Winners Announced for 17th Annual Tom Howard/John H. Reid Short Story Contest

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Gabriela Blandy of Oxford, England is the winner of the 17th annual Tom Howard/John H. Reid Short Story Contest sponsored by Tom Howard Books. The 2009 contest awarded $5,850 in prizes for the best original short stories, essays or other short prose, including a top prize of $2,000. Blandy's story "The Buck" was judged the best of over 1,600 entries from around the world. The top 20 winners are published at

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This entry confronts readers with an outstanding story of love and loss. The pain of a mother whose only child is sadly affected by an incurable illness becomes almost unbearably palpable.

Tom Howard Books is pleased to announce the results from its 17th annual Tom Howard/John H. Reid Short Story Contest. Gabriela Blandy of Oxford, England, won first prize and $2,000 for her story "The Buck". Over 1,600 entries were received from around the world.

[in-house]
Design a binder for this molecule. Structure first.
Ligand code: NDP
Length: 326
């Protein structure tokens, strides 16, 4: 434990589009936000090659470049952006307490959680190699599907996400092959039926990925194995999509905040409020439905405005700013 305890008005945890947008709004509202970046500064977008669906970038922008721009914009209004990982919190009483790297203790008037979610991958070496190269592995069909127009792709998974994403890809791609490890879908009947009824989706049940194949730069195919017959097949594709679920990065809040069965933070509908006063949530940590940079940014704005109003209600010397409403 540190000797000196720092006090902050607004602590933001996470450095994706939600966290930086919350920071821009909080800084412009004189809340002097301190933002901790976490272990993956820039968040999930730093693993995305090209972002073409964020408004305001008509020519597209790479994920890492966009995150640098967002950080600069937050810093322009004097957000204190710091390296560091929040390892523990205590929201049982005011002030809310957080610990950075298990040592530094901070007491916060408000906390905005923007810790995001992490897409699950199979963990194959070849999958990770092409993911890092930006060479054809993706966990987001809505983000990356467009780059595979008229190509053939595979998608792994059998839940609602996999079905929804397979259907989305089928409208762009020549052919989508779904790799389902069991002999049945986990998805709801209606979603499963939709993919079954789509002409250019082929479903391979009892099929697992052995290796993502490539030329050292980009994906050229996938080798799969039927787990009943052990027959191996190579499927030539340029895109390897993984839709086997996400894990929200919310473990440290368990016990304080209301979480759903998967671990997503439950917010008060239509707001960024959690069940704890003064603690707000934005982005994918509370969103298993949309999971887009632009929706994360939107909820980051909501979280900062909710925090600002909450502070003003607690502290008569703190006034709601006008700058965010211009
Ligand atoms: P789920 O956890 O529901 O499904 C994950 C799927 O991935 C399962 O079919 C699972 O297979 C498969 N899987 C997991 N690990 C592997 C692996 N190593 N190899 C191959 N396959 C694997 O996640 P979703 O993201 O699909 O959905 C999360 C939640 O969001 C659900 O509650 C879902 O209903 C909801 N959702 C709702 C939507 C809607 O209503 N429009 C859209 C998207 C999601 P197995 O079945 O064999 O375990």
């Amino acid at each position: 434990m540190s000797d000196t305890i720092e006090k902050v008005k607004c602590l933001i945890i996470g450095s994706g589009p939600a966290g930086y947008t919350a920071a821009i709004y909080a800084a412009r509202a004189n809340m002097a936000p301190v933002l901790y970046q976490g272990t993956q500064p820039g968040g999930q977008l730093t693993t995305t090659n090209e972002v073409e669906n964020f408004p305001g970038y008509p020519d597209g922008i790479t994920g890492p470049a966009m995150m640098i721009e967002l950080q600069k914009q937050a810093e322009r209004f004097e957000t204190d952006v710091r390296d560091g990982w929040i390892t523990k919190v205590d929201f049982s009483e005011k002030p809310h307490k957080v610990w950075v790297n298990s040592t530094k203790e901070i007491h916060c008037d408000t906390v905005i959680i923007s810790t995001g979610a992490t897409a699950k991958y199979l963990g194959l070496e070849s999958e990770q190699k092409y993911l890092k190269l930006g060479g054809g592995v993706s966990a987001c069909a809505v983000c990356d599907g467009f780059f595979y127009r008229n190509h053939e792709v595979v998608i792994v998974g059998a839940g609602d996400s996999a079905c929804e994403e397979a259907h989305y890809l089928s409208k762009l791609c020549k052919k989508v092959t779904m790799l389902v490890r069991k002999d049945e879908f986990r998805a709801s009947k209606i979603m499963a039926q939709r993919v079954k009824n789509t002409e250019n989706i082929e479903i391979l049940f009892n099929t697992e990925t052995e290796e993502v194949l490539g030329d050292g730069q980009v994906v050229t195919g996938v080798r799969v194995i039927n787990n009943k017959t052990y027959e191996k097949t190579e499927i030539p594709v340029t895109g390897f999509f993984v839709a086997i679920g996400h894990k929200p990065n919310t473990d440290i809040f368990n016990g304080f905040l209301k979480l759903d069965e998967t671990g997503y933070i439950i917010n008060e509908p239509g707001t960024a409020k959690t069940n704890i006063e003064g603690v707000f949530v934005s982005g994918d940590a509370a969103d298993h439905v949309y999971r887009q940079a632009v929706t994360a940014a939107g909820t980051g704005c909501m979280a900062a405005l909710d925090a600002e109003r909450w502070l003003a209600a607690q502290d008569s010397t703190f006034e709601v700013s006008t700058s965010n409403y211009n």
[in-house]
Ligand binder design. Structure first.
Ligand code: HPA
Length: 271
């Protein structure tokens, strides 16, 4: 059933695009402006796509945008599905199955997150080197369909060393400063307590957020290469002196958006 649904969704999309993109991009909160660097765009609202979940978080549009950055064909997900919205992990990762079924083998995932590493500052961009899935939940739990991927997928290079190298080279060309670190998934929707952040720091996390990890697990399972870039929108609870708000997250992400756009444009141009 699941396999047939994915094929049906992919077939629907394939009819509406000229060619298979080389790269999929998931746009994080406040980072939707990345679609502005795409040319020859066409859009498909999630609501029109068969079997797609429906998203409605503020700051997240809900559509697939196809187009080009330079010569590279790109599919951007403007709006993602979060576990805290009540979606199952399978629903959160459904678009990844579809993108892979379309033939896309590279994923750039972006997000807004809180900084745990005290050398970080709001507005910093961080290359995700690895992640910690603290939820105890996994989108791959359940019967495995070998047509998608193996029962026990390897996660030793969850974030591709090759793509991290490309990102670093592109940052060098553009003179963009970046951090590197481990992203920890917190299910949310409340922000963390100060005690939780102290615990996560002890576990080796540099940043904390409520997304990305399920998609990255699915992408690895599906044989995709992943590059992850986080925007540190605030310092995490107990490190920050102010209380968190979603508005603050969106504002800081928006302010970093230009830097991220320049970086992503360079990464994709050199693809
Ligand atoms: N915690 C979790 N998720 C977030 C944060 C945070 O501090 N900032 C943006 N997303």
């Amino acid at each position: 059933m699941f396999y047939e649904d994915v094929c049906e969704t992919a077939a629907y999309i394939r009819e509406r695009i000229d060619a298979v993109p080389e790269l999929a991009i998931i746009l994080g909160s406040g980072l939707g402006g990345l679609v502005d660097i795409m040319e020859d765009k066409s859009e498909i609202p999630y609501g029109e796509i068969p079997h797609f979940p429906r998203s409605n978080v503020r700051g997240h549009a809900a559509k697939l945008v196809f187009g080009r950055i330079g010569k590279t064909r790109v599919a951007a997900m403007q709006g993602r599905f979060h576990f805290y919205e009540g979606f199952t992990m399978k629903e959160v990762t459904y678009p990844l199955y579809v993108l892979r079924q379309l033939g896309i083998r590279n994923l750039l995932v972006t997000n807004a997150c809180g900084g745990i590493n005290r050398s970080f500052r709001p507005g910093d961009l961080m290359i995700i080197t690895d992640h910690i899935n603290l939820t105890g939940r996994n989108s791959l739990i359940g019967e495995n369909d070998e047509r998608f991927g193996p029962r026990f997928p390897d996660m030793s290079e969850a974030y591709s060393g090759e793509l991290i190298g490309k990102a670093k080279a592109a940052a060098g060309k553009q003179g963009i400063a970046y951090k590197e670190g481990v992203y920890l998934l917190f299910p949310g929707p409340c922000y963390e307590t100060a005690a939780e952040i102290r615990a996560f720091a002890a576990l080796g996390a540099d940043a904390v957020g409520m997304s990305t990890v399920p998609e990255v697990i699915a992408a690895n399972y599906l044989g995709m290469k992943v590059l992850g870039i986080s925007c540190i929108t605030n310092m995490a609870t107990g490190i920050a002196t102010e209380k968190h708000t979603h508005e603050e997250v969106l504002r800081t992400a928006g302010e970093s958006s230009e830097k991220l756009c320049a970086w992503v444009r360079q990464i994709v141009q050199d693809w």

This year, all four of the major prizewinners fall into the genre of personal narratives. Three of the four are domestic dramas and while the fourth takes in a wider field, it too is firmly planted on the home front.

Gabriela Blandy's first-prize entry, "The Buck", is set on the narrator's farm. The plot has been most assiduously crafted with several powerfully interwoven strands centering on an unlikely pair of animals who form an unexpected friendship. It's a novelty that not only delights that small rural community but assuages the pain of a national tragedy involving a member of that same small town. The author's gift for realistic characterization and cleverly homespun dialogue is so intense that her people literally leap off the page. Well-chosen details also enable the reader to see the countryside, to feel the biting cold, to re-live the tragedy itself and yet rejoice in the unlikely duo of buck and heifer.